Realism has long been the primary criticism of Chambers's work, but in her Wayfarers series the problems were mostly in the technology and its perpetual motion machines. Human civilization in the Exodus Fleet was a little too calm and nice given its traumatic past (and, well, humans), but there were enough conflicts, suspicions, and poor decisions for me to recognize it as human society. It was arguably a bit too chastened, meek, and devoid of shit-stirring demagogues, but it was at least in contact with human society as I recognize it.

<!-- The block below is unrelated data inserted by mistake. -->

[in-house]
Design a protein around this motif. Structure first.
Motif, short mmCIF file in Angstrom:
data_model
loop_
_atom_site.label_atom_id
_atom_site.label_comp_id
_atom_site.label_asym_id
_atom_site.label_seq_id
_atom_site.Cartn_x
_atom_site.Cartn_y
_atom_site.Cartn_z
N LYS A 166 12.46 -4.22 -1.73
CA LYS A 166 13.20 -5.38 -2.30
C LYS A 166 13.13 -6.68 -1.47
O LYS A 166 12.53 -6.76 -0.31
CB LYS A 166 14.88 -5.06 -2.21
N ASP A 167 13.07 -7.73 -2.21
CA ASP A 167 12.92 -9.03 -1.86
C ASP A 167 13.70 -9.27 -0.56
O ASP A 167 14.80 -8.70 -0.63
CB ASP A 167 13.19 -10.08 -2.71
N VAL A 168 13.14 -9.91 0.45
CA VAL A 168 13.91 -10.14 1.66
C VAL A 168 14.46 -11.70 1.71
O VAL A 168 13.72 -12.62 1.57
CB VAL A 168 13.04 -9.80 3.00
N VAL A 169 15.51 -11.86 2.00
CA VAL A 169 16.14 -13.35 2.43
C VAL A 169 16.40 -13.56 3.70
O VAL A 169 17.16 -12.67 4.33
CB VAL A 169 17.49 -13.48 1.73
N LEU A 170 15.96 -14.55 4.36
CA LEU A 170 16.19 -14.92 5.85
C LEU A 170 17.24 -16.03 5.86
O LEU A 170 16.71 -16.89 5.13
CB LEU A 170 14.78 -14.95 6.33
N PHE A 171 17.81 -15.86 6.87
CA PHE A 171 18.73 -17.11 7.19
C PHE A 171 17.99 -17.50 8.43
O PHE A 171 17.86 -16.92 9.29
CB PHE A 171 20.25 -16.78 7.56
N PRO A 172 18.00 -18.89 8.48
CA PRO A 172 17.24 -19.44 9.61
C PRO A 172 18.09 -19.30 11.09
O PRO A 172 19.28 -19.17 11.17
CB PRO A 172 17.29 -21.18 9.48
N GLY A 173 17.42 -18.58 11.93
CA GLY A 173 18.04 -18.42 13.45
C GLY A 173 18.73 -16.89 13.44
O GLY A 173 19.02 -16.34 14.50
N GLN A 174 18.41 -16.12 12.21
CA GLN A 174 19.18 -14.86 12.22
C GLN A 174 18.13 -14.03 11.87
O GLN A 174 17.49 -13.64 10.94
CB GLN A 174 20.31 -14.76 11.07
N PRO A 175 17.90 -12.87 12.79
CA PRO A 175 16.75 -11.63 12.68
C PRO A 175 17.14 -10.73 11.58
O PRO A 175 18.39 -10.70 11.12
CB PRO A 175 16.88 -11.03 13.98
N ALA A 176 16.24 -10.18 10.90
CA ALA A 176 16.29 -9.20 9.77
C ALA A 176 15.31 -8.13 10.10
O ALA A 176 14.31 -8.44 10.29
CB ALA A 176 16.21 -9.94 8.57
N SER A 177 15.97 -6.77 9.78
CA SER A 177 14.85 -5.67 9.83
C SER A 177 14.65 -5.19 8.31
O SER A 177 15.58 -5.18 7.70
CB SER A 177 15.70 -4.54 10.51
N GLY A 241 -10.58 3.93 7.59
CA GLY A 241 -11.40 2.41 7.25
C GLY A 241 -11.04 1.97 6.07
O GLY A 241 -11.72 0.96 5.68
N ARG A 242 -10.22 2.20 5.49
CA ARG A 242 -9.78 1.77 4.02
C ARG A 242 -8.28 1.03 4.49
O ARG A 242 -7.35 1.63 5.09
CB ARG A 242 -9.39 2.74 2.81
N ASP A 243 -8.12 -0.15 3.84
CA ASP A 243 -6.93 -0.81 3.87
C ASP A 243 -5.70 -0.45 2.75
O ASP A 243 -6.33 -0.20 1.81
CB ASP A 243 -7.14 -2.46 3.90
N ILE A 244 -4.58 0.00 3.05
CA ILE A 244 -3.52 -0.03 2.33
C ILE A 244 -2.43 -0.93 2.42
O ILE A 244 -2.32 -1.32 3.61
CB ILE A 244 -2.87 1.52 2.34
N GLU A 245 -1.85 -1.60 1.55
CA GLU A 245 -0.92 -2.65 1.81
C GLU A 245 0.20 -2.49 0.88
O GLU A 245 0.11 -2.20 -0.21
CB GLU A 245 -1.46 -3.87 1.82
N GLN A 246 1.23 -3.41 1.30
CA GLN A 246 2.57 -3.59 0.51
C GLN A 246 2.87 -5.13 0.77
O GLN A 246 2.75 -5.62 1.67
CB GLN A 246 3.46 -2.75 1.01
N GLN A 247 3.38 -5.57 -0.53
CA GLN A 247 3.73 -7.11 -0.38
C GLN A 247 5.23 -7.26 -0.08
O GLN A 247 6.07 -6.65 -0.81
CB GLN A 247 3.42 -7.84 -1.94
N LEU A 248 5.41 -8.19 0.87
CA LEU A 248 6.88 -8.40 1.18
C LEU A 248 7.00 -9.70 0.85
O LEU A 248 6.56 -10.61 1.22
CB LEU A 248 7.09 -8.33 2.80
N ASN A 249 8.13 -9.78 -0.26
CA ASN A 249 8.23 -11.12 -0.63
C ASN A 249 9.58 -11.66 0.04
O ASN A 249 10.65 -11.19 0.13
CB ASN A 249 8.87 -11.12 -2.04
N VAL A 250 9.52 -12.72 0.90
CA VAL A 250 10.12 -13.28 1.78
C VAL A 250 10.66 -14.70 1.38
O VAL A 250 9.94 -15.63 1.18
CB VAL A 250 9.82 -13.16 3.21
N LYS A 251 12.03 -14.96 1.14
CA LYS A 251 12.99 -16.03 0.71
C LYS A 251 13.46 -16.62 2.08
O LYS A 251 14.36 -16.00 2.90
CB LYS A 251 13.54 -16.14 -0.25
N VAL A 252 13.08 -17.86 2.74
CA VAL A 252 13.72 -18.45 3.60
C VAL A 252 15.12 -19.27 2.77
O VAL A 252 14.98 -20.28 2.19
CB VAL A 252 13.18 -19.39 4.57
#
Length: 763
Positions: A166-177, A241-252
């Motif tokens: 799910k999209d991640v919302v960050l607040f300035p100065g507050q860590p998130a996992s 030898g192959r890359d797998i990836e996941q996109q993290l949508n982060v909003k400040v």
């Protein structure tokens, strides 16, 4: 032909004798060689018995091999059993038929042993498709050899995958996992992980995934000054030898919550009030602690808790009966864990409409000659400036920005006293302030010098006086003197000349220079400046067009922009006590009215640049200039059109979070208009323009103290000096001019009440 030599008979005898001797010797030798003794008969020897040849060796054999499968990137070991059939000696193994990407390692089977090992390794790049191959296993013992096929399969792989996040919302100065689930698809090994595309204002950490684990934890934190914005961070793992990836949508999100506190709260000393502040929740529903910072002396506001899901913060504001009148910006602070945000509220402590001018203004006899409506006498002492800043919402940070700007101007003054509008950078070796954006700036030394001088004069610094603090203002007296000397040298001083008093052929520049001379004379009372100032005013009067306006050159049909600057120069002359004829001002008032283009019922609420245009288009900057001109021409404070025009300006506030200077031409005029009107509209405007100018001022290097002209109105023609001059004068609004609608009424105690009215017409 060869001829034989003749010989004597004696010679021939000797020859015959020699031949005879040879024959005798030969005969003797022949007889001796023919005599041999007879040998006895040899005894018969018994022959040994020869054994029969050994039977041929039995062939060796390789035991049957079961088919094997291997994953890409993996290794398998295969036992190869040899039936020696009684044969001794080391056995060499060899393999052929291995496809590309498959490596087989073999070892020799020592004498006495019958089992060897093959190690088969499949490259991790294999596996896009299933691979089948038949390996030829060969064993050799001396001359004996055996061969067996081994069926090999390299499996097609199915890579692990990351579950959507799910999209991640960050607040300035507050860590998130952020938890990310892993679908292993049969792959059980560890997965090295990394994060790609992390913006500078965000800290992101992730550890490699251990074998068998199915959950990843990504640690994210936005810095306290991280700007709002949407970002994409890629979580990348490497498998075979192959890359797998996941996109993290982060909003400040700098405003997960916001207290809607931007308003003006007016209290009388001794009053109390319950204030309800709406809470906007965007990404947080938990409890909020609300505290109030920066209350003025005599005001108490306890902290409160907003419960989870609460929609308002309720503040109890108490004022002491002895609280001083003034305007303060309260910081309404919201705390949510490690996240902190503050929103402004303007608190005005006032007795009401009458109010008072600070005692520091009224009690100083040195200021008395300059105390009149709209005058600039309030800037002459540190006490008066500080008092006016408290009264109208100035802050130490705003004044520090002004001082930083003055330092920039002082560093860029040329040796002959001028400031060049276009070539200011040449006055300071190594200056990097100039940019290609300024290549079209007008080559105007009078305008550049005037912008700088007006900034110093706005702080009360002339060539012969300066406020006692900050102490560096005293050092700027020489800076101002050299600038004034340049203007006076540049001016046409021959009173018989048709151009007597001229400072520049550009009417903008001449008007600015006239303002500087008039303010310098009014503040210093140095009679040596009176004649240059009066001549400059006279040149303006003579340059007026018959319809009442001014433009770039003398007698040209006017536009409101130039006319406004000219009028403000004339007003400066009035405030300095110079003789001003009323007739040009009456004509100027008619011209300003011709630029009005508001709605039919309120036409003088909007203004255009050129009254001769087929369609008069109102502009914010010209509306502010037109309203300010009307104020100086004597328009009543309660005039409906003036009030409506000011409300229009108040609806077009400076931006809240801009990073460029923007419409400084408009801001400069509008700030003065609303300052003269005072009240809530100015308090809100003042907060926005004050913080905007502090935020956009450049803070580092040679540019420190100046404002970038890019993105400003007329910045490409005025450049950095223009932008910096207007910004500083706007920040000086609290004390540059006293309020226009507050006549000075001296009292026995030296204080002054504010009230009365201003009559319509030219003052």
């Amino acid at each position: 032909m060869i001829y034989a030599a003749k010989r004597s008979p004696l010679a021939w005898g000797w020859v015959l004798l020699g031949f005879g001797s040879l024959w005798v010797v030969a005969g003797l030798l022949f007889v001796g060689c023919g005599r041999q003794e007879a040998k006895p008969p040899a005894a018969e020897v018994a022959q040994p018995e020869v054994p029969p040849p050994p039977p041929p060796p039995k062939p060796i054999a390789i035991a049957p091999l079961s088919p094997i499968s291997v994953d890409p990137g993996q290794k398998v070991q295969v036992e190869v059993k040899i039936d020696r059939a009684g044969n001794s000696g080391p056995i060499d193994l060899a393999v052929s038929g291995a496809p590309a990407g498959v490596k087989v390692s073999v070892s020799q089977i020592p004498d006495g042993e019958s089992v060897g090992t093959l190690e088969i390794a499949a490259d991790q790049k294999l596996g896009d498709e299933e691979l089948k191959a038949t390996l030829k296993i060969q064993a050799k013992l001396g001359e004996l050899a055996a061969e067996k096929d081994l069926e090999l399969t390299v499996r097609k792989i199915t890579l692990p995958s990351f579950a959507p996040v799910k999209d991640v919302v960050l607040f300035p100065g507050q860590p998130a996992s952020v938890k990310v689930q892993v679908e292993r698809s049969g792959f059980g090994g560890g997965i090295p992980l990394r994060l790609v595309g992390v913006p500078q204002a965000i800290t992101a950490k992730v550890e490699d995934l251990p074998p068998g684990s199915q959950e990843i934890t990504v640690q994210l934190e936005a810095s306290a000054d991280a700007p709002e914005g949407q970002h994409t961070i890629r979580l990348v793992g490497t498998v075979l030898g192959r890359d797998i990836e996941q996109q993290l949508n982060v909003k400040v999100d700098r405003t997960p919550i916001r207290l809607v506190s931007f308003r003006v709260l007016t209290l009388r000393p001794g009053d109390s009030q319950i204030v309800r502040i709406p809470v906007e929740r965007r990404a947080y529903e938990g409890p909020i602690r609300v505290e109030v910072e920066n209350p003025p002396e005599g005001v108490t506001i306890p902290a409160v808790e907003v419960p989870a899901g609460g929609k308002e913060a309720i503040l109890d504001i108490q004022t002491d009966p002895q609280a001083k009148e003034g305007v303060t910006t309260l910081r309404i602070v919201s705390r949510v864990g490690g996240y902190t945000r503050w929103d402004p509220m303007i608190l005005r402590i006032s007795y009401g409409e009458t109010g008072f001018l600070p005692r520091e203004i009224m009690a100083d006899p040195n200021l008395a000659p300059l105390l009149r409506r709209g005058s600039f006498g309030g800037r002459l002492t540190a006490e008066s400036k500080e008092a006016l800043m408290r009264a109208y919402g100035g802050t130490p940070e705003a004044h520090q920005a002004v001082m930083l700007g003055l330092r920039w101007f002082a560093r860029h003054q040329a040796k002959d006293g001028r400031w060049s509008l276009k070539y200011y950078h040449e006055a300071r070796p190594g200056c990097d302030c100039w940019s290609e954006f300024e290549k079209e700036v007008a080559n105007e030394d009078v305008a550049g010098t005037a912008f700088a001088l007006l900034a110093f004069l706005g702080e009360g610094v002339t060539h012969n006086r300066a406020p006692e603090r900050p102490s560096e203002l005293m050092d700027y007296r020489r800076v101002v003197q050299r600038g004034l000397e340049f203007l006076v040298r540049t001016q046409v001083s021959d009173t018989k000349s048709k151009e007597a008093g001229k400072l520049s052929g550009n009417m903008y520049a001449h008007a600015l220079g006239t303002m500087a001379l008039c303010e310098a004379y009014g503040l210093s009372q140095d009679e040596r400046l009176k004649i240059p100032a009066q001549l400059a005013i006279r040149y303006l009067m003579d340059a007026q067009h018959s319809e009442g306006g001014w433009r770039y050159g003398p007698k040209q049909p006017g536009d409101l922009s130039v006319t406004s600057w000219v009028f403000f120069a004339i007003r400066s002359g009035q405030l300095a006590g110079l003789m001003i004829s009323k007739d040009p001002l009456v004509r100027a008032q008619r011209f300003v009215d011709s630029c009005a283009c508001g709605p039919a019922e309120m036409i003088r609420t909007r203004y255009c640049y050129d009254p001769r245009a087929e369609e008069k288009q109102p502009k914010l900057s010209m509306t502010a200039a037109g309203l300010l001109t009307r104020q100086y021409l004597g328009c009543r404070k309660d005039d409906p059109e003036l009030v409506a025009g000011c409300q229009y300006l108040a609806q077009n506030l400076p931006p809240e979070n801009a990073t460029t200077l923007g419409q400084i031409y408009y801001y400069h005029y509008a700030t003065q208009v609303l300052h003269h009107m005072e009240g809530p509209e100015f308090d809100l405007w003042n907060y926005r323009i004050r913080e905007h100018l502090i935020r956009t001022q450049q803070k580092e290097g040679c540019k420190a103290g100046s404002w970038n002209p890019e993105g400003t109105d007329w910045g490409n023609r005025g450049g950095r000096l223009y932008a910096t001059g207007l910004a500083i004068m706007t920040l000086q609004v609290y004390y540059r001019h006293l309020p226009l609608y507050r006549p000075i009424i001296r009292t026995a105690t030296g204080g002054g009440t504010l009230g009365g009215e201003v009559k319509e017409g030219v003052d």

I don't recognize Panga as humanity. I realize this is to some degree the point of this series: to present a human society in which nearly all of the problems of anger and conflict have been solved, and to ask what would come after, given all of that space. And I'm sure that one purpose of this type of story is to be, as I saw someone describe it, hugfic: the fictional equivalent of a warm hug from a dear friend, safe and supportive and comforting. Maybe it says bad, or at least interesting, things about my cynicism that I don't understand a society that's this nice. But that's where I'm stuck.